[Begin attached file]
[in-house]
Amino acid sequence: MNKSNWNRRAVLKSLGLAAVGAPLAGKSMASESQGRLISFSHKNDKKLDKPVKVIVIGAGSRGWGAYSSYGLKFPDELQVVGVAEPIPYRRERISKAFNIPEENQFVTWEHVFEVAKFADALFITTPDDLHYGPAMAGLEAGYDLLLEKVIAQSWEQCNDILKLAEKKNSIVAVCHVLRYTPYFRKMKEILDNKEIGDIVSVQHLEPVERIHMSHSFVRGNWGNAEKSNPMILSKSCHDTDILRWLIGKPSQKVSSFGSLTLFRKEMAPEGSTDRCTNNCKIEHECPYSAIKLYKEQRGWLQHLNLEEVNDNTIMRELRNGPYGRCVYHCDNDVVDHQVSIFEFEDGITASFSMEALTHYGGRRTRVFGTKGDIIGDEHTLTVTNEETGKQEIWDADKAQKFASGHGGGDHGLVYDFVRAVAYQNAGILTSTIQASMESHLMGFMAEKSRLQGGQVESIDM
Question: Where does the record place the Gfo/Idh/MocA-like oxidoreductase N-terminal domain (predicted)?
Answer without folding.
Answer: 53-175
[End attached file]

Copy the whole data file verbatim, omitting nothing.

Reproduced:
[in-house]
Amino acid sequence: MNKSNWNRRAVLKSLGLAAVGAPLAGKSMASESQGRLISFSHKNDKKLDKPVKVIVIGAGSRGWGAYSSYGLKFPDELQVVGVAEPIPYRRERISKAFNIPEENQFVTWEHVFEVAKFADALFITTPDDLHYGPAMAGLEAGYDLLLEKVIAQSWEQCNDILKLAEKKNSIVAVCHVLRYTPYFRKMKEILDNKEIGDIVSVQHLEPVERIHMSHSFVRGNWGNAEKSNPMILSKSCHDTDILRWLIGKPSQKVSSFGSLTLFRKEMAPEGSTDRCTNNCKIEHECPYSAIKLYKEQRGWLQHLNLEEVNDNTIMRELRNGPYGRCVYHCDNDVVDHQVSIFEFEDGITASFSMEALTHYGGRRTRVFGTKGDIIGDEHTLTVTNEETGKQEIWDADKAQKFASGHGGGDHGLVYDFVRAVAYQNAGILTSTIQASMESHLMGFMAEKSRLQGGQVESIDM
Question: Where does the record place the Gfo/Idh/MocA-like oxidoreductase N-terminal domain (predicted)?
Answer without folding.
Answer: 53-175